Living Life The XL Way – Live A Little More At XLRI Jamshedpur
The taxi stuttered to a near-stop as the huge gateways flanked by uniformed men were flung – well, more-fractionally-than-wide open, and thus began my journey in XLRI – early in the morning, in a rickety taxi loaded with more stuff than it could honestly hope to carry; with me nervously staring ahead and my mother excitedly taking in the sights of the place she’d come to dump her prodigal offspring off in.
Immediate apprehensions took precedence over wonder at the old-world charm of the campus as we approached what was to be my new home. It being my first hostel stay, I’d been told numerous horror stories by ‘well-meaning’ friends. Gradually, a lot of my fears were allayed. Airy room – check. Mess food – not a nightmare. Other food joints – present in abundance.
Too soon, it was time for Mom to leave. I kept a straight face throughout and broke down as soon as her auto disappeared from view, taking with it the last vestige of familiarity. There I was, alone in a strange place, amidst strange people and their strange ways, starting a strange new chapter of my life.
The first day was bewildering, with the desire to interact warring sharply with my natural reticence. Then classes started, and all worries became inconsequential in the face of something far larger – survival.
Pedagogy was so participative, that I felt initial reservations melting away in my excitement to contribute. With each new class, I made acquaintances from a varied range of backgrounds and began enjoying the experience immensely. Academic rigour hit like an all-engulfing tidal wave, sweeping us into an unending whirlpool of classwork, quizzes, assignments, projects and exams. The sheer volume of work left us petrified.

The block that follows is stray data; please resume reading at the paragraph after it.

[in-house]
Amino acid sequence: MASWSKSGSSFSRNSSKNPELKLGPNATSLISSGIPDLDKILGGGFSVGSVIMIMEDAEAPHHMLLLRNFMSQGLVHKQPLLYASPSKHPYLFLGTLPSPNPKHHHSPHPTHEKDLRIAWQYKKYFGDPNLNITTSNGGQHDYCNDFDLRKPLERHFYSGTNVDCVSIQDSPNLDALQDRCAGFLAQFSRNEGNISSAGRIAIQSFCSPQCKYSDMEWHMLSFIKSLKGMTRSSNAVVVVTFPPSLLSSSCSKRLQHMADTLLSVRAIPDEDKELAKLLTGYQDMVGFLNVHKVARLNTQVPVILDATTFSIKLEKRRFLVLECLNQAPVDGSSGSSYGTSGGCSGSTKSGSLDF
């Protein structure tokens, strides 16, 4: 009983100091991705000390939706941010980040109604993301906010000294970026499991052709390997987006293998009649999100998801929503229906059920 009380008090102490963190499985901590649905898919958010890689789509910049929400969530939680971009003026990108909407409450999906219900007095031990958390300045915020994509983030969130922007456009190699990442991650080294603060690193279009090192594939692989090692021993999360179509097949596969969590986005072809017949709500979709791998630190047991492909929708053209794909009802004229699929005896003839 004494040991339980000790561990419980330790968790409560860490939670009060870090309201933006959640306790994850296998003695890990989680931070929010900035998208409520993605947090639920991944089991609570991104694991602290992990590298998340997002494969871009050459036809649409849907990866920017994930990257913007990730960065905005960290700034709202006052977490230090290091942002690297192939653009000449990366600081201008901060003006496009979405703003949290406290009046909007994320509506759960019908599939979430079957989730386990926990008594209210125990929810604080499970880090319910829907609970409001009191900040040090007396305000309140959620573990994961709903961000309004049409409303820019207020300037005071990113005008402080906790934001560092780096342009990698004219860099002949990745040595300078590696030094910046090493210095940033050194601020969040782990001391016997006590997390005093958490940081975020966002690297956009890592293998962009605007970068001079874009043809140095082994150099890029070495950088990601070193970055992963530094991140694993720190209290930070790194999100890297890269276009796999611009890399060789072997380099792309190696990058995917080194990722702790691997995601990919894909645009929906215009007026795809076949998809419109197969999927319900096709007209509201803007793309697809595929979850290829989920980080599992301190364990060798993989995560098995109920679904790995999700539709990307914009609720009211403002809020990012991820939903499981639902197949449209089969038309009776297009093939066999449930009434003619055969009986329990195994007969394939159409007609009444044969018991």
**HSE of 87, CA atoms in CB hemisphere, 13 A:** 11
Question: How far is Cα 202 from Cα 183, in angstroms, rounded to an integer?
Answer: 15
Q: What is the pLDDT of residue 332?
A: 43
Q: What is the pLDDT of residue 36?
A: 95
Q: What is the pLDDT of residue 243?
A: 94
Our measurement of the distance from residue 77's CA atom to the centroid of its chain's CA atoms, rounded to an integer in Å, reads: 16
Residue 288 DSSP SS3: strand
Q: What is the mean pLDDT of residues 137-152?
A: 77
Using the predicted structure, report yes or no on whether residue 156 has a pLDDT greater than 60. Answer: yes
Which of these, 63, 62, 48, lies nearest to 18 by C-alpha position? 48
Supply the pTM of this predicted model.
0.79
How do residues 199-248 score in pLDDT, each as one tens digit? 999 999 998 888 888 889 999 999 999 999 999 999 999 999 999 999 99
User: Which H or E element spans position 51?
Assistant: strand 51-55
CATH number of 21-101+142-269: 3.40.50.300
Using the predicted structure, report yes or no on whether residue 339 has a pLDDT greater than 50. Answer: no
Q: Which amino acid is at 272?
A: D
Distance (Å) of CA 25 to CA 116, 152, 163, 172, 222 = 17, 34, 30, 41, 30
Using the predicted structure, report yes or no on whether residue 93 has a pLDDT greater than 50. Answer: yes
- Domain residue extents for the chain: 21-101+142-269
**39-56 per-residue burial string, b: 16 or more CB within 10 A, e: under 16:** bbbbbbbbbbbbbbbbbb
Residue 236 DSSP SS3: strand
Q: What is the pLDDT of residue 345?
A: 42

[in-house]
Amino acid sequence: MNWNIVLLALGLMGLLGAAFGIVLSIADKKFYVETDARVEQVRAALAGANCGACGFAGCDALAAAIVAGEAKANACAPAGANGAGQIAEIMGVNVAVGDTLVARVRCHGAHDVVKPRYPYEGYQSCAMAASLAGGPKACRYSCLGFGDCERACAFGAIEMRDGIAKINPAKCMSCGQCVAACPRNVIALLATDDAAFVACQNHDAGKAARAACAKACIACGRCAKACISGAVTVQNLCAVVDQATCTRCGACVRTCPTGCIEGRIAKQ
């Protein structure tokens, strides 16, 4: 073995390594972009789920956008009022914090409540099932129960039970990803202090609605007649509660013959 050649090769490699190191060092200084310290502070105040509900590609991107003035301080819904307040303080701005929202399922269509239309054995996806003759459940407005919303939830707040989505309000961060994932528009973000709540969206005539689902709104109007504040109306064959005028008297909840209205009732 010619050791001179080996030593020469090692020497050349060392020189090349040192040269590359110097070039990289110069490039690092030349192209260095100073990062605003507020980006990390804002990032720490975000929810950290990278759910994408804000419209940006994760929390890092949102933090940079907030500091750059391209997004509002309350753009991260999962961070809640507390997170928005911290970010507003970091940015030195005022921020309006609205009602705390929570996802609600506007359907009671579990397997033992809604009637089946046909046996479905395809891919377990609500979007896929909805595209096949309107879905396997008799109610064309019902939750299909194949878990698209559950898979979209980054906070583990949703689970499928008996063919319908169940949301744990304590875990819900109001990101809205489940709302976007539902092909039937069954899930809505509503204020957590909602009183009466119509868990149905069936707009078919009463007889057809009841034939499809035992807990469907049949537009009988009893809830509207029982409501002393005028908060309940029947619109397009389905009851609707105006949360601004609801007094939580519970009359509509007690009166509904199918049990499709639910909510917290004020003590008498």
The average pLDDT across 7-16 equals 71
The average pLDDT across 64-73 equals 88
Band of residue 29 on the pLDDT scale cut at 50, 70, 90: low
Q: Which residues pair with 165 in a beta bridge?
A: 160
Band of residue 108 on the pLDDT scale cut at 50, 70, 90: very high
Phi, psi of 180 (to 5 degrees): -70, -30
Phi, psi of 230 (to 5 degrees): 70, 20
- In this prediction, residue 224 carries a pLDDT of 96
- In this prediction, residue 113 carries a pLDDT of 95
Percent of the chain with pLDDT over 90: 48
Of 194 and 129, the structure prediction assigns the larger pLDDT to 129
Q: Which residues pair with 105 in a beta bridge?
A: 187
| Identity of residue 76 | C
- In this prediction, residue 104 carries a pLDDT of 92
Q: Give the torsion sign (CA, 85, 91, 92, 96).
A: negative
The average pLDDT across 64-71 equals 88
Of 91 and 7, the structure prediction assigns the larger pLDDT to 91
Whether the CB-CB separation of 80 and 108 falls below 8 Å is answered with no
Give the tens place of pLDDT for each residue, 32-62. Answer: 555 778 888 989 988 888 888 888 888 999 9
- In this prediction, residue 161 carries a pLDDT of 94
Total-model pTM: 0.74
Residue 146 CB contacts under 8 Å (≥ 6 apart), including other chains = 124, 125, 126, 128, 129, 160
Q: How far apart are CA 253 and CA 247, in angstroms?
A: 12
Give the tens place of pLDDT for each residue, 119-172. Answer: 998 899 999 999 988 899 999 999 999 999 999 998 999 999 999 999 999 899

But the scene wasn’t even complete yet. Without those that would, if hearsay were to be believed, force us into various acts of humiliation, dump onto us an undue portion of their work, and generally make our lives a living hell. The seniors arrived, and how.
It took us a while to understand that they would indeed shape our experience here – albeit in a manner starkly different from what we’d dreaded. From Bodhi’s wisdom to Bishu Da’s irreplaceability, they were instrumental in guiding us towards discovering the essence of XL culture. As the armour of invulnerability slipped away, we realised they had been through all this too. More importantly, they had adjusted, survived – thrived. That, more than anything else, gave us the courage to pick ourselves up and get going.
From staying awake for days on end to bonding over assignments submitted at 11:59:59, this month has been a whirlwind of insane ups and downs and roundabouts. For my part, I managed today to have one whole proper meal, did not inadvertently fall asleep in unfortunate settings, and hit a fewer number of people bicycling than any other day before. I also managed to hope a little more, live a little more, fall a little more in love with this place. Good progress, I would say.